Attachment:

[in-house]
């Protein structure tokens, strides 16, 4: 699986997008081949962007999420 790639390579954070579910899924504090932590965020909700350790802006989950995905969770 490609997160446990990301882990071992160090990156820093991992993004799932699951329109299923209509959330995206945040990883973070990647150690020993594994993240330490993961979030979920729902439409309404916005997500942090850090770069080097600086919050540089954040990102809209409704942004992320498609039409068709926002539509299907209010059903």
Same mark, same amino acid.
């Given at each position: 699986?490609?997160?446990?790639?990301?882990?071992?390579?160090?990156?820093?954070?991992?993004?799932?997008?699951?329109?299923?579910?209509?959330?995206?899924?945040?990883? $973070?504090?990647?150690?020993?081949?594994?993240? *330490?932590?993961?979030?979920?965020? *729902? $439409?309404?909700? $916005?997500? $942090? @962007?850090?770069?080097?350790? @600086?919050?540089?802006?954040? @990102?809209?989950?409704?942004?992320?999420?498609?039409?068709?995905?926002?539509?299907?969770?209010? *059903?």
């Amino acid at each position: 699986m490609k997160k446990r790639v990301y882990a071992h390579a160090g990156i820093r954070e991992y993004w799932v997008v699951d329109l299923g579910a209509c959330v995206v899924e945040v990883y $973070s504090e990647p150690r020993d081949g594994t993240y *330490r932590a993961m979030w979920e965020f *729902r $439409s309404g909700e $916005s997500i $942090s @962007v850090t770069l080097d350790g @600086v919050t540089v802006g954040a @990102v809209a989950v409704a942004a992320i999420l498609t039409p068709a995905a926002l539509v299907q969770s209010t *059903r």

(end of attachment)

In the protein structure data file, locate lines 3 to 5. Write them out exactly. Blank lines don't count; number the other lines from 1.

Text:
Same mark, same amino acid.
């Given at each position: 699986?490609?997160?446990?790639?990301?882990?071992?390579?160090?990156?820093?954070?991992?993004?799932?997008?699951?329109?299923?579910?209509?959330?995206?899924?945040?990883? $973070?504090?990647?150690?020993?081949?594994?993240? *330490?932590?993961?979030?979920?965020? *729902? $439409?309404?909700? $916005?997500? $942090? @962007?850090?770069?080097?350790? @600086?919050?540089?802006?954040? @990102?809209?989950?409704?942004?992320?999420?498609?039409?068709?995905?926002?539509?299907?969770?209010? *059903?």
């Amino acid at each position: 699986m490609k997160k446990r790639v990301y882990a071992h390579a160090g990156i820093r954070e991992y993004w799932v997008v699951d329109l299923g579910a209509c959330v995206v899924e945040v990883y $973070s504090e990647p150690r020993d081949g594994t993240y *330490r932590a993961m979030w979920e965020f *729902r $439409s309404g909700e $916005s997500i $942090s @962007v850090t770069l080097d350790g @600086v919050t540089v802006g954040a @990102v809209a989950v409704a942004a992320i999420l498609t039409p068709a995905a926002l539509v299907q969770s209010t *059903r």